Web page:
What is anaphylactic shock?
Anaphylactic shock, or anaphylaxis, is one of the scariest health emergencies a parent can face; This is when your child has a severe allergic reaction. When this happens, your child’s immune system mistakenly reacts to a harmless substance as if it were a serious threat, triggering the release of histamine and other body chemicals that cause rapid and sometimes fatal symptoms. produce, including:
- hives and swelling of the skin, lips, or face
- wheezing or severe breathing problems
- tightness in the throat or feeling that the throat is closing
- rapid pulse
- to sweat
- dizziness, fainting, loss of consciousness
- Nausea, vomiting, abdominal cramps, diarrhea
- rapid loss of blood pressure
- very pale skin
A variety of irritants can cause anaphylaxis in susceptible people, including these common triggers:
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- Foods such as eggs, seafood, nuts, cereals, milk and peanuts
- penicillin-like drugs
- insect bite or sting
- injection anesthetics
- Colors used in diagnostic X-rays or scans
- Latex and other industrial substances
What should I do if my child suddenly goes into anaphylactic shock?
If your child is having trouble breathing or dies, call 911 immediately. Have your child lie down with their legs elevated to reduce the risk of shock. If a bee has stung it, remove the sting quickly by stinging it with your fingernail, knife, or a sharp edge.
If you have an anaphylactic kit, give your child an injection of epinephrine right away. (It is best to give the shot in the thick layer of the outer part of the upper thigh.) Even if you are not sure if the reaction is anaphylaxis, give the shot – it could save your baby’s life.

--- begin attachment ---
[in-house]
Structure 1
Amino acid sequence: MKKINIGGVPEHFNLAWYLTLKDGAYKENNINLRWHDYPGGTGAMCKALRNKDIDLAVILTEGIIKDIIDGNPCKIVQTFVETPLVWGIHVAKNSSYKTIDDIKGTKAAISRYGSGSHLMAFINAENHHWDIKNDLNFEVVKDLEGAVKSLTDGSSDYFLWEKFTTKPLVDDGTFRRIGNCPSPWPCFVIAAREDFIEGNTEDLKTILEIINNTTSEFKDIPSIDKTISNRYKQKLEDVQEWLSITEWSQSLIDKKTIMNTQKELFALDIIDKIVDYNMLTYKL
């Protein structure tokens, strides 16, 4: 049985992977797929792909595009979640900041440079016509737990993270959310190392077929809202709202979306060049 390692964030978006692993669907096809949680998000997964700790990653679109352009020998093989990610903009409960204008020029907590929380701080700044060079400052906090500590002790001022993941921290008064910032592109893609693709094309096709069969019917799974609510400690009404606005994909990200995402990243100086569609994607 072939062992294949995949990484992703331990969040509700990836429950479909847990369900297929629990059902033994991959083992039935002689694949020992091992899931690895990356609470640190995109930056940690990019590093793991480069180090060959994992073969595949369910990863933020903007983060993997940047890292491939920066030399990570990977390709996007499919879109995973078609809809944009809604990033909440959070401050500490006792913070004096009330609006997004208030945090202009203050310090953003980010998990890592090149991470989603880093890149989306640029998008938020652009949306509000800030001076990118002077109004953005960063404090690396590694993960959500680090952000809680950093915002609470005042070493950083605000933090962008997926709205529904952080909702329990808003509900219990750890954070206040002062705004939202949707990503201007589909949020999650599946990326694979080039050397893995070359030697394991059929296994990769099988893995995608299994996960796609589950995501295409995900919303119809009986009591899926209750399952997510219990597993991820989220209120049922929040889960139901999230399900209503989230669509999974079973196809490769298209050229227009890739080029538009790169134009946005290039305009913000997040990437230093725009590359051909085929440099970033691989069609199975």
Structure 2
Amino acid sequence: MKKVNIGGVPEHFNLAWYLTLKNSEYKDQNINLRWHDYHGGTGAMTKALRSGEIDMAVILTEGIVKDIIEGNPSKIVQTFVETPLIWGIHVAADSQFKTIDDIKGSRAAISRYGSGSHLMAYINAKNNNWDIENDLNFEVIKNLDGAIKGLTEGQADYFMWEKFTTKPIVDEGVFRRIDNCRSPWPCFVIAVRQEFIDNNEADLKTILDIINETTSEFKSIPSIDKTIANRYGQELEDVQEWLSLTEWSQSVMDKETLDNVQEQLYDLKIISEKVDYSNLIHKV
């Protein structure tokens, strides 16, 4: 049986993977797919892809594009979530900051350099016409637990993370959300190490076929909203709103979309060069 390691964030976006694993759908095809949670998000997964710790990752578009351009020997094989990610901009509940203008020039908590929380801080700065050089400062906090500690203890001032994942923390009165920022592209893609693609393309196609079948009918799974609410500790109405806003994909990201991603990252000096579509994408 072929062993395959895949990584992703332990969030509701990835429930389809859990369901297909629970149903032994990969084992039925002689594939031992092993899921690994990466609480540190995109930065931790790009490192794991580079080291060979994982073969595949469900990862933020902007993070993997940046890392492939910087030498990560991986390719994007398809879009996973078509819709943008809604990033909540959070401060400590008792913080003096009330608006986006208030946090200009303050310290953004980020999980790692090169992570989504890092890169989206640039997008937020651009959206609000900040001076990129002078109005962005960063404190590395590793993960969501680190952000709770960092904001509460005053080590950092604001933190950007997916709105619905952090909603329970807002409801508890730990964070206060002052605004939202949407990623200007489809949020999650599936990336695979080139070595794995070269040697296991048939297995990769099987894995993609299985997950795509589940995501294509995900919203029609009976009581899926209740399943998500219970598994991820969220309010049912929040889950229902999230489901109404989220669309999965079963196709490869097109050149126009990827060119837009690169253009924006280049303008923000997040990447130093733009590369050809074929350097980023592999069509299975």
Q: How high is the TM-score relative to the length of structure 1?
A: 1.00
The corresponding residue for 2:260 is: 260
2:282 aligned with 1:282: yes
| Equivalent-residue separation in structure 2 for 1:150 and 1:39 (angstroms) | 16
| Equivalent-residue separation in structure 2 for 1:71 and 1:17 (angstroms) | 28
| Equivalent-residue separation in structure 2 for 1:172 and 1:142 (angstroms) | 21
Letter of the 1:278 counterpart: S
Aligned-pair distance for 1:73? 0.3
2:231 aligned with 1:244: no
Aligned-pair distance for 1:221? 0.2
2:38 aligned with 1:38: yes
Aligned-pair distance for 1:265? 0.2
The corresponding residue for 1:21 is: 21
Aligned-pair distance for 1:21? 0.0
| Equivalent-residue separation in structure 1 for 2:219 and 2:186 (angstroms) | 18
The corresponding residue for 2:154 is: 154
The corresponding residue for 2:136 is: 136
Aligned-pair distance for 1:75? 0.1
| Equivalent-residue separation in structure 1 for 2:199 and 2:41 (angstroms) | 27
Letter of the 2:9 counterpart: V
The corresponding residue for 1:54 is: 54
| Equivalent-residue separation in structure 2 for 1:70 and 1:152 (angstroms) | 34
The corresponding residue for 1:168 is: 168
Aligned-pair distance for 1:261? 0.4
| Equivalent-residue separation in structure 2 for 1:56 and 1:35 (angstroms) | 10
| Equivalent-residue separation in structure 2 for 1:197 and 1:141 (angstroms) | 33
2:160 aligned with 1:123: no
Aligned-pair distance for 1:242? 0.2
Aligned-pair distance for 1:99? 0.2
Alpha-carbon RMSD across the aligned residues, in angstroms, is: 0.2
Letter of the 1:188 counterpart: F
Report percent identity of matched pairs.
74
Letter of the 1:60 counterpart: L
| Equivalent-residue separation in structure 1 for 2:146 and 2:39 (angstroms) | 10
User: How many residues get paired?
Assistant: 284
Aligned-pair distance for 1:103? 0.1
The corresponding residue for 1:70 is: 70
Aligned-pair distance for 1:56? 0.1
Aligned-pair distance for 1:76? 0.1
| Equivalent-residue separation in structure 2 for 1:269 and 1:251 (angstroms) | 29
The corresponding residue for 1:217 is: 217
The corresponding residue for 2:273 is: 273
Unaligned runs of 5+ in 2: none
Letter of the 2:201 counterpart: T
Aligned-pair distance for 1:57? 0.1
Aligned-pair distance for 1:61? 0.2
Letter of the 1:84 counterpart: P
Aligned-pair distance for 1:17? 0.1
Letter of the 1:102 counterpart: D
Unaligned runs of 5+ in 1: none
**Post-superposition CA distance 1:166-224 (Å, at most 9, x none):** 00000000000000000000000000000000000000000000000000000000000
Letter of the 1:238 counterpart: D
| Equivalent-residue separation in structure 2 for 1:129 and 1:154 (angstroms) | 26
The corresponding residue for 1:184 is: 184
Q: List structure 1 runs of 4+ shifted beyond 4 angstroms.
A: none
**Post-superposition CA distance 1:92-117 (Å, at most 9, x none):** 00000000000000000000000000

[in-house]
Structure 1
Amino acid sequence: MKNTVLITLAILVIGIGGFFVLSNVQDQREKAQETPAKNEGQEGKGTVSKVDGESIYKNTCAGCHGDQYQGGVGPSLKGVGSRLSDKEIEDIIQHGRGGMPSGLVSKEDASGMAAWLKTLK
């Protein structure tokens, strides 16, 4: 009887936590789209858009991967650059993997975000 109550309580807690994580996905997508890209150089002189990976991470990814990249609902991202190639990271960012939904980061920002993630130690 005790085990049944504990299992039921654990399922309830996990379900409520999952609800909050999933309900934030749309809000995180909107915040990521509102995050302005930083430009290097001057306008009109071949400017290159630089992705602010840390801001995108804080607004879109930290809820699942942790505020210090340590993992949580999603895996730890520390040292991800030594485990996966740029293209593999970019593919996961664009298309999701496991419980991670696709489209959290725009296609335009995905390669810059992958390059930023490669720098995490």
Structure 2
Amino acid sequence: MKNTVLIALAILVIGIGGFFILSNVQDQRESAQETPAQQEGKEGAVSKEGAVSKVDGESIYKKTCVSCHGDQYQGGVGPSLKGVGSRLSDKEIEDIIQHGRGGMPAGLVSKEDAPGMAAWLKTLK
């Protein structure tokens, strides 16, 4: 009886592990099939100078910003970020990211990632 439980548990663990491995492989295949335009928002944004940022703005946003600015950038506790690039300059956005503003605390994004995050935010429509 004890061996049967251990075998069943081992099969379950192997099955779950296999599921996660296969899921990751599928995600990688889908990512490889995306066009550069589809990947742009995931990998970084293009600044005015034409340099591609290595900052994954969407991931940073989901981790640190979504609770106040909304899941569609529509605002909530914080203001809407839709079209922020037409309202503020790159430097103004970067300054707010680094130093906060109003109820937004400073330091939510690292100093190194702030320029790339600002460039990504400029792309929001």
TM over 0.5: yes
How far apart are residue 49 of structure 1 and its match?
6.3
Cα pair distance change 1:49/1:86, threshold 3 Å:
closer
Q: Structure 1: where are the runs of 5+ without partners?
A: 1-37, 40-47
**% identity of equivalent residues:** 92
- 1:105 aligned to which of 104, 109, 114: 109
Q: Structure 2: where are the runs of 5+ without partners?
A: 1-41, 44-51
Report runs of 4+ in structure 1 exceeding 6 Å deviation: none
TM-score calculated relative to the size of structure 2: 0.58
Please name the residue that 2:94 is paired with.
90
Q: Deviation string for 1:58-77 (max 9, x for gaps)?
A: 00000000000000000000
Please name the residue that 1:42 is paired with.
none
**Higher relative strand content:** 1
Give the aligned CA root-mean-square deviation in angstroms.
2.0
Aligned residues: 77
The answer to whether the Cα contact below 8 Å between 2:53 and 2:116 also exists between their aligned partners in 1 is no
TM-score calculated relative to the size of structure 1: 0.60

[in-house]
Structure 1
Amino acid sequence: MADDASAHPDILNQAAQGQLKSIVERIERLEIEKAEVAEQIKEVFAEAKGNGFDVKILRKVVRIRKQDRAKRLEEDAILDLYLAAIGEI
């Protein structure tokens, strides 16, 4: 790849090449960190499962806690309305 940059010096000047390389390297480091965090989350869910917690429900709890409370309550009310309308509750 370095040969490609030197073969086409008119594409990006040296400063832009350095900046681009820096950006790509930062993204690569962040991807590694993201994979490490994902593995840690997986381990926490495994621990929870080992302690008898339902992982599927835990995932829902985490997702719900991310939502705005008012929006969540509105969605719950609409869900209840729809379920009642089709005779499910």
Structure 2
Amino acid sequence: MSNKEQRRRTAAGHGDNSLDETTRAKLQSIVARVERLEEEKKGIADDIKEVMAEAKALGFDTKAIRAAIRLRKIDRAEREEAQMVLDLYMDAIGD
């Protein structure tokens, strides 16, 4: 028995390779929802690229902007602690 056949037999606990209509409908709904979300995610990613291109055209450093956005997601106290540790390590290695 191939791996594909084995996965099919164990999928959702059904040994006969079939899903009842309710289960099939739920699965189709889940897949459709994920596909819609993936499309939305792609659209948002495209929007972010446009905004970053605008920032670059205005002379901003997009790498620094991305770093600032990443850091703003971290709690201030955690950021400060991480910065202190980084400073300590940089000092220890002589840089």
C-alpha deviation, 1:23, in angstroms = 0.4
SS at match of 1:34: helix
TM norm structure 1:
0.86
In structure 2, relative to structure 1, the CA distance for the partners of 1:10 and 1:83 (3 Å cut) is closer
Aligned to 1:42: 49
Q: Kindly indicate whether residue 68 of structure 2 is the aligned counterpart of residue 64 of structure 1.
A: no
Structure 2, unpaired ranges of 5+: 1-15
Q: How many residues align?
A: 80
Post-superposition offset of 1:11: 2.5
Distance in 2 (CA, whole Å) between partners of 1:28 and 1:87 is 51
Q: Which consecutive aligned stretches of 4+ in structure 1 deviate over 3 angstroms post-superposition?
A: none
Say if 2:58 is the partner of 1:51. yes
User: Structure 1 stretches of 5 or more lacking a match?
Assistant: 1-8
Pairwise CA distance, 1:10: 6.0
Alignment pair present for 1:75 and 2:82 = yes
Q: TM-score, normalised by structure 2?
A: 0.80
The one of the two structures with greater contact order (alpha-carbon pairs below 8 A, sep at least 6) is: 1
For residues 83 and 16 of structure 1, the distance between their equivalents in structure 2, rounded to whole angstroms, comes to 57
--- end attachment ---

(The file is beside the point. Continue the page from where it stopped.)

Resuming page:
If you do not have an anaphylactic kit but do have Benadryl, give it to your child. If not, give her an antihistamine or cold medicine that contains an antihistamine. These help slow down the runaway immune response.
Even if your child recovers quickly and seems normal, you should still take him to the emergency room. The doctors there will probably want to keep her under observation for a few hours to make sure she doesn’t experience a second wave of symptoms.
Can anaphylactic reactions be prevented?
The best prevention is to avoid substances that cause severe allergies. If your child is allergic to certain foods, it’s important to ask at restaurants or friends’ homes to see if the food contains any allergy-causing ingredients. If insect bites or stings cause trouble, help your child find a place to play that is bug-free.
Once your child has had a severe allergic reaction, your pediatrician may recommend that you keep an anaphylactic kit handy at all times. The most common kit, called an Epi-Pen, contains a preloaded syringe of epinephrine in a pen-like device that is easy to inject. The Epi-Pen is available by prescription only (and some states do not allow non-medical professionals to inject epinephrine). It’s wise to keep a spare kit in your purse, pocket, and glove compartment of your car, as allergies can happen anywhere and anytime.
Finally, once your child has had a severe reaction such as anaphylaxis, it’s important to wear a medical-alert ID necklace or bracelet (available at most pharmacies) that will alert healthcare providers in case of an emergency.
Robert H. Pantell MD, James F. Fries MD, Donald M. Vickery MD, Taking Care of Your Child: A Parent’s Illustrated Guide to Complete Medical Care. Da Capo Lifetime Books.
Severe Allergic Reactions (Anaphylaxis) Nemours Foundation. http://kidshealth.org/parent/medical/allergies/anaphylaxis.html,
American Academy of Pediatrics, HealthChildren.org, Anaphylaxis. http://www.healthychildren.org/English/health-issues/injuries-emergencies/pages/Anaphylaxis.aspx